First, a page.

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The Ring of the Dove: A Treatise on the Art and Practice of Arab Love

4.0 out of 5 stars 2 customer reviews
ISBN-13: 978-1898942030
ISBN-10: 189894203X
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Product Details

  • Paperback: 288 pages
  • Publisher: Luzac Oriental (March 1996)
  • Language: English
  • ISBN-10: 189894203X
  • ISBN-13: 978-1898942030
  • Product Dimensions: 8.6 x 5.4 x 0.7 inches
  • Shipping Weight: 13.6 ounces
  • Average Customer Review: 4.0 out of 5 stars  See all reviews (2 customer reviews)
  • Amazon Best Sellers Rank: #1,472,035 in Books (See Top 100 in Books)

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By Ejaz Shaikh on April 5, 2000
Format: Paperback
Ibn Hazm's psychology is subtly manifested in this book. He gives detailed description of love as an attribute and accident. Also, the different catagories of love, including: falling in love while asleep, falling in love through a description, falling in love at first sight, etc. The readers should keep in mind that much of material in this book is not something Ibn Hazm himself endorses, if it can be correctly attributed to him. Rather, he is merely scrutinizing scenarios from the lives of the people he knew or was told about - be they righteous or sinful. I must add, Ibn Hazm reconciles his stance towards this subject by devoting the last two chapters on purely orthodox and morally accepted chapters: "The Vileness of Sinning" & "The Virtue of Continence".
A word about the translator would be beneficial. Even though A.J.Arberry is eloquent in his English language, after all he is a doctor in literature, I must admit that he isn't quite there in mastery of the Arabic language, especially classical Arabic, and specifically, that of Ibn Hazm's time. A.J. Berry has tried his best, yet has made some mistakes in translation. This is especially seen when he translates the poems liberally for the sake of the rhyme in the English language. I personally believe he shouldn't have done that. As one cannot make a poem rhyme in both languages. If it rhymes in Arabic, it won't rhyme in English, due to obvious reasons. He took considerable liberties for that purpose. The result is: much of poetry loses its orginality, in terms of language, syntax and diction. Moreover, this work was translated in the 1940's, some 60 years ago. Hence, the period of time might also be responsible for the odd English structures. I would really like a fresh new translation of this work due to this reason.
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Format: Paperback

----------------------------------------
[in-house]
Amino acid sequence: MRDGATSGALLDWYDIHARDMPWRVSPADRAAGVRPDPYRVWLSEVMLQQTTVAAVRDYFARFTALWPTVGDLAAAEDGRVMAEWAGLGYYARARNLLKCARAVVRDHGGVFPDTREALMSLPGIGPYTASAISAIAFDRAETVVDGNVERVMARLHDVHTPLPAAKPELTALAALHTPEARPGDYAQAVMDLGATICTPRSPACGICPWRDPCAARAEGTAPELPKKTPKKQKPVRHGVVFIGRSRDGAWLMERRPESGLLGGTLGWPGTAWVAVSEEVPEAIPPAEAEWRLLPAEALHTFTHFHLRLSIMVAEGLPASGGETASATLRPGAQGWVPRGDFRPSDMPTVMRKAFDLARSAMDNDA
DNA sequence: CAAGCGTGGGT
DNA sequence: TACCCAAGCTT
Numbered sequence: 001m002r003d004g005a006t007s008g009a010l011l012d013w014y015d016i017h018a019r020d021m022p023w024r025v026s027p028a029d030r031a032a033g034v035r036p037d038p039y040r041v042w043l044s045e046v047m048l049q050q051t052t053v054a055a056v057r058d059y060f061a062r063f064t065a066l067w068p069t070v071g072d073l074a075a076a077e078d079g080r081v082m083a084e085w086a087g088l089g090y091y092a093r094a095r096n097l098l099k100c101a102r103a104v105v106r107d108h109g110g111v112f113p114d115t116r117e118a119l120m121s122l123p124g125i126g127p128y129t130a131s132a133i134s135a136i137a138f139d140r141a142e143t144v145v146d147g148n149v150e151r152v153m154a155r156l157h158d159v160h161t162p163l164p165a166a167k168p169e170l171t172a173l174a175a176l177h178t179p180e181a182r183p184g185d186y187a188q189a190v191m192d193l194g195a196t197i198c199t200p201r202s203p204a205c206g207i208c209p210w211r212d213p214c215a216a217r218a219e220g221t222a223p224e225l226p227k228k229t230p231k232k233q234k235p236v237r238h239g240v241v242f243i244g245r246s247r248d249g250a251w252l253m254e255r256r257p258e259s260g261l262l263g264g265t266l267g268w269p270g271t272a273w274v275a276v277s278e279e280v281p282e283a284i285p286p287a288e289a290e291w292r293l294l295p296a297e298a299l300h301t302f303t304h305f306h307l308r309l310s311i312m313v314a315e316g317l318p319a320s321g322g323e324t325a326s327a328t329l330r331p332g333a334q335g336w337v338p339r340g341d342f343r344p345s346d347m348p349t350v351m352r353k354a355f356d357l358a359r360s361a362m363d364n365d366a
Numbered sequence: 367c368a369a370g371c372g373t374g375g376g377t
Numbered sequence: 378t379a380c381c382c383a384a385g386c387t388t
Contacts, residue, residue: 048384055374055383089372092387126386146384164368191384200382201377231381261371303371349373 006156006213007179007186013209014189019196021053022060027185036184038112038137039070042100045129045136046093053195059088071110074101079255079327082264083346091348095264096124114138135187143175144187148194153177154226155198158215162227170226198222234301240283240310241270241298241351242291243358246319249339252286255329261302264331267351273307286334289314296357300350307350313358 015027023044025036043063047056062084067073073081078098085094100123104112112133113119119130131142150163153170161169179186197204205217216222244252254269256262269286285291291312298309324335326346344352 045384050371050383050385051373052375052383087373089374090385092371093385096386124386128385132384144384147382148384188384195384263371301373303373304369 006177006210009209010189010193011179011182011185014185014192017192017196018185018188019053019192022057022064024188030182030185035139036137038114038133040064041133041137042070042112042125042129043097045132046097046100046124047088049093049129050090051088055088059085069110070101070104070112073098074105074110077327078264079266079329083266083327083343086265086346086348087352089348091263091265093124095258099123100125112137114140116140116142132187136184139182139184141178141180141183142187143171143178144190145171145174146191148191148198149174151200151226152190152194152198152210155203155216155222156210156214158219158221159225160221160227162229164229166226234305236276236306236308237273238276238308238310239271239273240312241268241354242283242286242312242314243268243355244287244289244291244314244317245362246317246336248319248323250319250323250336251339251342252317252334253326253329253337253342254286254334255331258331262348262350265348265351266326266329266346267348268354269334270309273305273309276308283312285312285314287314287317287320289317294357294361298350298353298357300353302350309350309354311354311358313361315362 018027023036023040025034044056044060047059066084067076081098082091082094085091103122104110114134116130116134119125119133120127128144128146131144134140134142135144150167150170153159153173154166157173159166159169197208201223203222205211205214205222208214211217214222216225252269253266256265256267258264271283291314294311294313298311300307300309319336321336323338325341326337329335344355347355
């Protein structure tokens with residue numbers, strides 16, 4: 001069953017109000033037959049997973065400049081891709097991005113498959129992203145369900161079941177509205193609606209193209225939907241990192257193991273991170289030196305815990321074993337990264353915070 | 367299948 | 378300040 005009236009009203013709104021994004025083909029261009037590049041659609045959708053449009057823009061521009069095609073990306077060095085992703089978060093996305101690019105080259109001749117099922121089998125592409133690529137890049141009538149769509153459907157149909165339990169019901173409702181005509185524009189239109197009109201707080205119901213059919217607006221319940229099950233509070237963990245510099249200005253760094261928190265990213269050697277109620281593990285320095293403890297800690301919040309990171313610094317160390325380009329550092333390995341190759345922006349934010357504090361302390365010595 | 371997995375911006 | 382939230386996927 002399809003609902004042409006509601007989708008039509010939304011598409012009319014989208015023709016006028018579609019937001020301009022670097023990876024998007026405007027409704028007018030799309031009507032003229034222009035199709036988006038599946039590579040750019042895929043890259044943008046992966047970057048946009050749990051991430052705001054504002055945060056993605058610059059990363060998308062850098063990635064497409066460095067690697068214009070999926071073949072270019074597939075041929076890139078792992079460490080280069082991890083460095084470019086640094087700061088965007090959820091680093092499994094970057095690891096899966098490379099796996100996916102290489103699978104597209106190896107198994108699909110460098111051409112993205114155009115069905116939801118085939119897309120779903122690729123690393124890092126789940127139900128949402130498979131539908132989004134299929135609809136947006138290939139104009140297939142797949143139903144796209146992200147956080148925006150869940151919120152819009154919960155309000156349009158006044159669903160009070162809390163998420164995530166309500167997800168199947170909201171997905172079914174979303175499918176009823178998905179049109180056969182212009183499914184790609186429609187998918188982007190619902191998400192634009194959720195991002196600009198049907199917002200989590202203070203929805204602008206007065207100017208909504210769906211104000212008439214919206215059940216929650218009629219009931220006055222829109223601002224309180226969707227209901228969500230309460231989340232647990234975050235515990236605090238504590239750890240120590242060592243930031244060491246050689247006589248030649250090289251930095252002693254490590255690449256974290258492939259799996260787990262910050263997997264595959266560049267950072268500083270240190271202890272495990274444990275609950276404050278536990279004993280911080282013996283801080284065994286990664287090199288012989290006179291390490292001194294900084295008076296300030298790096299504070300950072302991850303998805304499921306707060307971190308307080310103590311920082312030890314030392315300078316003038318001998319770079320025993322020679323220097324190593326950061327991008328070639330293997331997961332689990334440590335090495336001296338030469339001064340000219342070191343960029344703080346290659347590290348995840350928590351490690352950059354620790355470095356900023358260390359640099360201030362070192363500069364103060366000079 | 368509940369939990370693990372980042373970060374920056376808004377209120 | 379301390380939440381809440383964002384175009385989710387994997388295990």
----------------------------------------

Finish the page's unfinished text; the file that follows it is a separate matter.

Essentially a treatise on love, the work is a delightful account of the complexities, intricacies, scandals and perils associated with romantic love. The author, Ibn Hazm (456 AH) was an Andalusian polymath, scholar, historian, theologian and poet, however, the present is his only surviving literary work.

The title hints at the ring of feathers found around the necks of pigeons which symbolises the "chain of love" that eternally binds lovers in classical Islamic literature. Ibn Hazm offers a vast range of fascinating observations on love including the act of falling in love via a description, falling in love while sleeping and the various roles mediators play between lovers. In numerous passages, Hazm will have you in awe at his acute awareness of human nature. But perhaps more striking than anything is the harsh realism of his observations for example, when remarking on the notion of falling in love at first sight, he exclaims:

When a man falls in love at first sight, and forms a sudden attachment as the result of a fleeting glance, that proves him to be little steadfast, and proclaims that he will as suddenly forget his romantic adventure; it testifies to his fickleness and inconstancy. So, it is with all things; the quicker they grow, the quicker they decay; while on the other hand slow produced is slow consumed.

Sometimes strenuous are the frequent 'poems' Hazm offers after each topic and can become very distracting from the main body of the text especially because it is difficult to appreciate their poetic merit in translation. Nonetheless, abounding in numerous anecdotes, the work is especially fascinating when read as a historical text as it offers a glimpse into a past that is to us forever lost.
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